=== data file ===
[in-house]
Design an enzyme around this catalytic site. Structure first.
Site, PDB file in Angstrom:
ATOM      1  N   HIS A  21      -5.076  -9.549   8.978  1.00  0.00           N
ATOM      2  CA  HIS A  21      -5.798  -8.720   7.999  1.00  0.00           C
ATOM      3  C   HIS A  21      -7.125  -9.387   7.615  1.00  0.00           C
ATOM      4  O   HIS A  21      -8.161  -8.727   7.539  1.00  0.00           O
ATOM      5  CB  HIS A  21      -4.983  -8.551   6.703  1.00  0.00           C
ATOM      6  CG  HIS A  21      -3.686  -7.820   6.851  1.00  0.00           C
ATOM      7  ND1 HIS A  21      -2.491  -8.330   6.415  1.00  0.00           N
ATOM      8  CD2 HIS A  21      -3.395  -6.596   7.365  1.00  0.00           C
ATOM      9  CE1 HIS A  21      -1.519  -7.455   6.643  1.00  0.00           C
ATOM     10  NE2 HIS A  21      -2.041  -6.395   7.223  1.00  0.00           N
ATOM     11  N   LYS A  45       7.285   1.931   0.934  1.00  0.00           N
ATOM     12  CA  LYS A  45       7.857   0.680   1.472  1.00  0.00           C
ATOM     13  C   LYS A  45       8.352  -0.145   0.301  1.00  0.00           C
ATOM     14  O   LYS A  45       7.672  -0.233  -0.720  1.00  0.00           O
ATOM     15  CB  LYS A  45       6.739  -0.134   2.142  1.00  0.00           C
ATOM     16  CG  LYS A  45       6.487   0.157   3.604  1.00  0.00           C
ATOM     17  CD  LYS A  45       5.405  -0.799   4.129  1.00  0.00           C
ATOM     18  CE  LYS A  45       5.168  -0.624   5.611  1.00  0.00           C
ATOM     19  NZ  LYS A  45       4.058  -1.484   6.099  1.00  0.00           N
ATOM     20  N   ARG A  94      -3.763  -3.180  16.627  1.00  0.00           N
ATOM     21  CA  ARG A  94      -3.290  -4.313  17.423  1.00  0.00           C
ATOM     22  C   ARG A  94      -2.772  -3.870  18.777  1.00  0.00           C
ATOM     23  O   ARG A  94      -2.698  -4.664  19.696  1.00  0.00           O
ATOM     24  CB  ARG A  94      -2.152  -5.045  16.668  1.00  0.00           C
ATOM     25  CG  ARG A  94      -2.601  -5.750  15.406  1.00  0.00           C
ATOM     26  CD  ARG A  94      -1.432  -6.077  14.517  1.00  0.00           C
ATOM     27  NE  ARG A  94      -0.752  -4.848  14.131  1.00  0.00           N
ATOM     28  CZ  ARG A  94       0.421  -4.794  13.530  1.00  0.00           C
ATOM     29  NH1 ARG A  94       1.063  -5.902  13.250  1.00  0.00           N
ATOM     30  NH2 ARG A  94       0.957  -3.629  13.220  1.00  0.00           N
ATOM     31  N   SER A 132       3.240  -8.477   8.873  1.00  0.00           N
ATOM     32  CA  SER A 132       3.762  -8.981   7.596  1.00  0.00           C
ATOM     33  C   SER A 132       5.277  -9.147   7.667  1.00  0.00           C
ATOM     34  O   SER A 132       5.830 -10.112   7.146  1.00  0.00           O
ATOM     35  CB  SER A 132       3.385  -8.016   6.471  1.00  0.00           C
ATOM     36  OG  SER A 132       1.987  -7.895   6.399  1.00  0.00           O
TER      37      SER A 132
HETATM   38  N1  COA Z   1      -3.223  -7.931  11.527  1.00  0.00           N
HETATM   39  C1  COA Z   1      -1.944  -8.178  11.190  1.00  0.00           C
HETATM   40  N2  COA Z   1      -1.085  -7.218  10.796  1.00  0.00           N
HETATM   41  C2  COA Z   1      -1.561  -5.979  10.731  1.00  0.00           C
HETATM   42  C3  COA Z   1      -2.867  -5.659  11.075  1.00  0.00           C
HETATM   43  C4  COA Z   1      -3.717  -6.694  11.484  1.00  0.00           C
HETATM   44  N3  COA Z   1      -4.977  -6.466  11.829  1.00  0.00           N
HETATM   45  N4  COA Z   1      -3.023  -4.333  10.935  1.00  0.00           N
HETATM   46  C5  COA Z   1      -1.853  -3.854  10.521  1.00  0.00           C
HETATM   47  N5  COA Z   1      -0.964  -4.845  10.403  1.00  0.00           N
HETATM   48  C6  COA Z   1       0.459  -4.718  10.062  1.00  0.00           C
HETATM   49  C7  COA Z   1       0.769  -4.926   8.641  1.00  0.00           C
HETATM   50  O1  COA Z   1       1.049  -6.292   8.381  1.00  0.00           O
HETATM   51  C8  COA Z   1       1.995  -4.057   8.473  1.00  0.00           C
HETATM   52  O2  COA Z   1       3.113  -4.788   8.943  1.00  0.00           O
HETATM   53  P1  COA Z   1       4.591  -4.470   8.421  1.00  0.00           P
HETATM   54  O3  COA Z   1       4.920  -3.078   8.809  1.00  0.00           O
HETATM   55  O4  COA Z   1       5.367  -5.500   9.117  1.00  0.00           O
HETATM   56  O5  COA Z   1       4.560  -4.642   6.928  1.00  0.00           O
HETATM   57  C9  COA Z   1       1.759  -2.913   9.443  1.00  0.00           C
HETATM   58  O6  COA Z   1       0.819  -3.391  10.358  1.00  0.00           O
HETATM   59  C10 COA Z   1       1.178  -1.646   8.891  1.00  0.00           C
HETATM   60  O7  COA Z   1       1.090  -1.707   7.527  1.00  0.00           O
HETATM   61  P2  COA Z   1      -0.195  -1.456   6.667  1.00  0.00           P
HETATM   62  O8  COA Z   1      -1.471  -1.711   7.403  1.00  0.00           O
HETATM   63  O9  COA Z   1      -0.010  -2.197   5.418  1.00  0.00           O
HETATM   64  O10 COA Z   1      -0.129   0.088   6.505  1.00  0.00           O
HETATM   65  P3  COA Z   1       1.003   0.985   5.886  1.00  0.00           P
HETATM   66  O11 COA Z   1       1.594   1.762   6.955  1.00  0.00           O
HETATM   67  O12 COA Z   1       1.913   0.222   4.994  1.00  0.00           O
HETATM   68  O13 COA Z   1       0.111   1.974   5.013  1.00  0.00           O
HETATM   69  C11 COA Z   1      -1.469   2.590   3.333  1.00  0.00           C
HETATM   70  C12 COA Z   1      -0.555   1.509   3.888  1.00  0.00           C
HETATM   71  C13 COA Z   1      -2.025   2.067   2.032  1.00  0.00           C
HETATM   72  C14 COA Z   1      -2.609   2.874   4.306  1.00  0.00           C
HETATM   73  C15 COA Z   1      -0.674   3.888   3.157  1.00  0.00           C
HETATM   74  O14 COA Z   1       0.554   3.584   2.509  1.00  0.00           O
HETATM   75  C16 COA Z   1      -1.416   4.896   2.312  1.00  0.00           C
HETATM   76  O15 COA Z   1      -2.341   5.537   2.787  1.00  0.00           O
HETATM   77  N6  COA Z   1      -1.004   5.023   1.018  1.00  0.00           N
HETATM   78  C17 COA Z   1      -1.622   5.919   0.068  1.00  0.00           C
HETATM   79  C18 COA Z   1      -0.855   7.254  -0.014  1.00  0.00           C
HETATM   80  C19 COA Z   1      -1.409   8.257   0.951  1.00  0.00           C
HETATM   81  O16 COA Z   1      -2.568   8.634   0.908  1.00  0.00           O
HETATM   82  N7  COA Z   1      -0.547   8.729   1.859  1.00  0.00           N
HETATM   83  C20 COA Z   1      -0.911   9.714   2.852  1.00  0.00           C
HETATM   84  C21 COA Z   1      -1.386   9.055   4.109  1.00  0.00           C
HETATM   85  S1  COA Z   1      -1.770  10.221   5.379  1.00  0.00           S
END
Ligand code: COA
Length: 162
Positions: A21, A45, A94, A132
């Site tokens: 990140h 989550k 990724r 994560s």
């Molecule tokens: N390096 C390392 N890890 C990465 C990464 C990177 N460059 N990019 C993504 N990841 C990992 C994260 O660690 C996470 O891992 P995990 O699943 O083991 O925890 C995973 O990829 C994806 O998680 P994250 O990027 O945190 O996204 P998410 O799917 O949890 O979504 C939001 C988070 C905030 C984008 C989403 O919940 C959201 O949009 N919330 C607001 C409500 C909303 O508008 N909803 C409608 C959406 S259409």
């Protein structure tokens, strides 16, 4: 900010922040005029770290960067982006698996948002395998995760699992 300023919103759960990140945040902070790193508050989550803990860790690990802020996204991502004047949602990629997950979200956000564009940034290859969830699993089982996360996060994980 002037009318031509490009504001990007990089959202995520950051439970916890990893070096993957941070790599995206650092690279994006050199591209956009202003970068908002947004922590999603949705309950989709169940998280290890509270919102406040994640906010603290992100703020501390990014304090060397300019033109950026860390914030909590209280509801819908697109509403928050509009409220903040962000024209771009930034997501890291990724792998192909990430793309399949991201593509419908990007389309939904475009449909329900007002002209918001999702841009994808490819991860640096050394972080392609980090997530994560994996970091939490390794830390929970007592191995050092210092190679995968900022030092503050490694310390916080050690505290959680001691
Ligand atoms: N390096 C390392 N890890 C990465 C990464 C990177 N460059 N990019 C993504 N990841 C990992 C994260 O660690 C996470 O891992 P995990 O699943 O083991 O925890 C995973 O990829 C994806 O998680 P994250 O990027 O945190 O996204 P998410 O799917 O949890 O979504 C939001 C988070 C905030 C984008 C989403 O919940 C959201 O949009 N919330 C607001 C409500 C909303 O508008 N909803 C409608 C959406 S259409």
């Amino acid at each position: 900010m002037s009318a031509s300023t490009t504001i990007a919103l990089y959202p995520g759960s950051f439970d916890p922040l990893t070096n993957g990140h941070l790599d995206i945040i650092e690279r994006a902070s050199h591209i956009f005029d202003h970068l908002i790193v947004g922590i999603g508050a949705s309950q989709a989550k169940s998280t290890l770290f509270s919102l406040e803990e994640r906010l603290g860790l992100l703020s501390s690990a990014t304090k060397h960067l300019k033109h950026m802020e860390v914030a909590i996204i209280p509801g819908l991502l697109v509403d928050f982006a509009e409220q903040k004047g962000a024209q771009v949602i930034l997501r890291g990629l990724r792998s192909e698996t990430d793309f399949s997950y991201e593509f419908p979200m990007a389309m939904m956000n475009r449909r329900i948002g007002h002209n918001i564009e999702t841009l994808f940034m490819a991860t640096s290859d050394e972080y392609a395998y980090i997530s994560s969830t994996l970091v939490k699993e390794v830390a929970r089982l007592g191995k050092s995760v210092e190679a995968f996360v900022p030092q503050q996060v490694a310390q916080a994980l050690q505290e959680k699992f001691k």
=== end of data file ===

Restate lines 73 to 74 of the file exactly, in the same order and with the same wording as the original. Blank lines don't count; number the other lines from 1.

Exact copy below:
HETATM   70  C12 COA Z   1      -0.555   1.509   3.888  1.00  0.00           C
HETATM   71  C13 COA Z   1      -2.025   2.067   2.032  1.00  0.00           C